A recent issue of the London Review of Books contained a fascinating review of Hilary Mantel’s Bring Up the Bodies, sequel to her Man Booker Prize-winning novel Wolf Hall. One of the questions addressed in Colin Burrow’s review (which can be read here if you’re a subscriber) is that of whether Mantel is overly charitable in her depiction of Thomas Cromwell as a man with thoroughly modern sensibilities:
The crude question ‘Does this mean that he could have felt as much and as finely as he does in this book?’ still needs to be asked. The novel’s present-tense mode of narrative, focalised through a single principal character, has an intrinsic problem. It would be almost impossible to write this kind of fiction and make the central character a brute, since so much depends upon what he or she notices and feels, on sensitivity. If a fiction represents the sensorium of one character’s feelings, then an inert or insensitive sensorium would probably generate inert fiction.
To my mind, this is pretty much spot on. While I have not read Bring Up the Bodies, I have read Wolfe Hall and Mantel’s depiction of Tudor England is so fragrant and atmospheric that it simply could not have been filtered through the mind of a character who saw the world purely in terms of fights, political conquests or scientific problems in need of a solution. In order for Mantel to portray Tudor England as a place full of colour and contrast, she needed a central character who would be alive to those elements of his world. Had Cromwell been a brute, then he would have attended to brutish things and our impression of the Tudor England would have been immeasurably more brutish as a result.
This got me thinking… people often talk about characters in very instrumental terms, portraying them either as psychological riddles in need of decoding or as means of capturing the reader’s empathy and using that connection to immerse them in the world of the novel. Indeed, people often talk about the possibility of novels having ‘unreliable narrators’ in the sense that some fact about the narrator might shed some doubt on his or her version of the facts and thereby encourage readers to infer some previously hidden truth about the events described in the novel. The problem with the concept of the ‘unreliable narrator’ is that it assumes that there can be a ‘reliable’ narrator but I do not see how this could possibly be.
When each of us walk into a room, our attentions are drawn to different things dependent upon our perceptual capacity, our life experience, our personality, our interests and our mood. Two people can walk into exactly the same room and their minds will turn to very different matters: One will notice a social rival and begin speculating about how they can confront and humiliate them while another will begin to internally enthuse about the style of dress and the quality of the food. In this case both narrators are, strictly speaking, unreliable as the picture they give of a particular situation is incomplete and slanted… but how else are we to perceive the world except through our eyes, our experiences and our personalities?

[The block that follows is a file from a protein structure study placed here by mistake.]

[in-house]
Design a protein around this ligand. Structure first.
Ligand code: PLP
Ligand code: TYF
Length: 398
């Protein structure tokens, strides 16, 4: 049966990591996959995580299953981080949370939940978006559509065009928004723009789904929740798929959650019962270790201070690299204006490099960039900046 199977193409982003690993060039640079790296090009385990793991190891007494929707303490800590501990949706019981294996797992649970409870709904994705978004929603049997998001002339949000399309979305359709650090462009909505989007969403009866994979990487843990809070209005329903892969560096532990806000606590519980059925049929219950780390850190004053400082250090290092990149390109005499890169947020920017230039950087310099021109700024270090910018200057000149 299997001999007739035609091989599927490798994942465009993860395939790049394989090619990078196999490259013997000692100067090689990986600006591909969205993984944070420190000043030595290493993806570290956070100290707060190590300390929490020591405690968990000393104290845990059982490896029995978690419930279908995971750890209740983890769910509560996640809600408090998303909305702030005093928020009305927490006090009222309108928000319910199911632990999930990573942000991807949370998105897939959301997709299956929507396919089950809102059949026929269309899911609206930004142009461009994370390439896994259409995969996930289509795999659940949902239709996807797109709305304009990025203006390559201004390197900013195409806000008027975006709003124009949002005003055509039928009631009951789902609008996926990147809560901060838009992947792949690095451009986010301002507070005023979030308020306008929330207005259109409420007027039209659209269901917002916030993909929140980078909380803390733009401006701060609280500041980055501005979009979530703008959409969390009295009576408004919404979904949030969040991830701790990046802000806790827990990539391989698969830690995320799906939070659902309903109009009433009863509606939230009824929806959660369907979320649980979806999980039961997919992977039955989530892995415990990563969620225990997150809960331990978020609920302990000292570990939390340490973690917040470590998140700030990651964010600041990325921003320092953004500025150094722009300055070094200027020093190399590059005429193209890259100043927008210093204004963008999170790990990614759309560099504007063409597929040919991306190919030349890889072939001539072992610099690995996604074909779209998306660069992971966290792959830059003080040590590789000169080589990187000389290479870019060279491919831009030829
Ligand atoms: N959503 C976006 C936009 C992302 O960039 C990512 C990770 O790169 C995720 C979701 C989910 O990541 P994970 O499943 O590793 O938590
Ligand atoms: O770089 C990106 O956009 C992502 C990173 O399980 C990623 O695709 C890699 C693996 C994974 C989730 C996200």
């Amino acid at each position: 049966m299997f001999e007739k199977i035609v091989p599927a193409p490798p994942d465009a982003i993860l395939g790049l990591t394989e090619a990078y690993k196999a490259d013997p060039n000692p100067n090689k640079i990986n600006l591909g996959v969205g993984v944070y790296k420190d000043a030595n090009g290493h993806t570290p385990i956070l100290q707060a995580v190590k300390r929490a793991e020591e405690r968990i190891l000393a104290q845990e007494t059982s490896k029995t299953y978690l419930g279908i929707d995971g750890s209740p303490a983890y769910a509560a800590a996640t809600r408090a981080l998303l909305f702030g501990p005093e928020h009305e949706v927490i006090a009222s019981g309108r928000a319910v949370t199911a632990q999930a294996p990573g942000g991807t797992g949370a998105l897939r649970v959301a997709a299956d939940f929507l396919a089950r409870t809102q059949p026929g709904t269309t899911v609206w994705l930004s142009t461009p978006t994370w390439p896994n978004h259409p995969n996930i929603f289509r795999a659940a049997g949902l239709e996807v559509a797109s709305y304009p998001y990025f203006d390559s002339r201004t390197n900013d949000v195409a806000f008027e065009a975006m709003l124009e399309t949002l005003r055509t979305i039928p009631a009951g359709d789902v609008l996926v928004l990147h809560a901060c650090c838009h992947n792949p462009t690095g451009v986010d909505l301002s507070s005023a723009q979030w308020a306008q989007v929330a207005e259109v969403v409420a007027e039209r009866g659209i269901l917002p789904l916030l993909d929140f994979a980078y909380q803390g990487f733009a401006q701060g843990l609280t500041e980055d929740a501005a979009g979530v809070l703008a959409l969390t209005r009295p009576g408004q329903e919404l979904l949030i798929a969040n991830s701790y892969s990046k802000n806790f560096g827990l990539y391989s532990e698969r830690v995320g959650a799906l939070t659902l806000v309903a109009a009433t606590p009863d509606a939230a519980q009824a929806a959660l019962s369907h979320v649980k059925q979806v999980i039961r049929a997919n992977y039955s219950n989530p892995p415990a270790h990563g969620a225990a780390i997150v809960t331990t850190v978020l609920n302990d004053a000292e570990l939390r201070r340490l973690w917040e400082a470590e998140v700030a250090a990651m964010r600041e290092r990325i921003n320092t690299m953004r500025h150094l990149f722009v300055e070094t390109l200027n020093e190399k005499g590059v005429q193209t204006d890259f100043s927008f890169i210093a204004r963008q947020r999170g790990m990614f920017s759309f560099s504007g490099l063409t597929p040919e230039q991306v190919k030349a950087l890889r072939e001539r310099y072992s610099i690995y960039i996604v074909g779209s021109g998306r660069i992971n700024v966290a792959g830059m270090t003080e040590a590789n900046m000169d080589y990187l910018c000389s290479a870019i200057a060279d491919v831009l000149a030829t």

A little while ago, I wrote about Jo Walton’s Hugo Award-nominated novel Among Others (2011) and commented on how cold and emotionally detached the world of that novel felt to me. Given that, much like Wolf Hall, Among Others focuses upon the life and experiences of one particular character, I inferred that much of the coldness of the world came from the fact that the book’s narrator was some kind of psychopath:
The work whose tone and setting most closely match that of Among Others is Orson Scott Card’s Ender’s Game (1985) as Mor is not only isolated and alienated but also intensely calculating in her relationships with other people. There are scenes where Mor discusses purchasing buns for other girls on the understanding that this will get them to buy her buns in return that echo with the same sociopathic lack of humanity as the scenes in which Ender ponders murdering or brutalising a bully in order to set an example.
Among Others and Ender’s Game are perfect examples of the kind of book that Burrow speculates must exist: They are emotionally inert because their central characters are themselves emotionally inert. The same can be said of Steve McQueen’s second film Shame (2011), which is cold, austere and minimalistic because its central character lives a life that is just as uncluttered as his elegantly-designed Manhattan apartment.
The ‘take home’ point from all of this is that characters are not solely defined by the things they think or the things they do, they are also defined by the things they pay attention to. Any novel that uses first-person narration or clings closely to a third-person viewpoint character must necessarily be read as that character’s subjective impression of the world they inhabit. While all of us share the same physical world, we live our lives in subjective universes built to suit our preferences. The art of great writing lies not just in making a character or a world that seems realistic, but in exploring the way in which the world makes the character and the character makes their own world.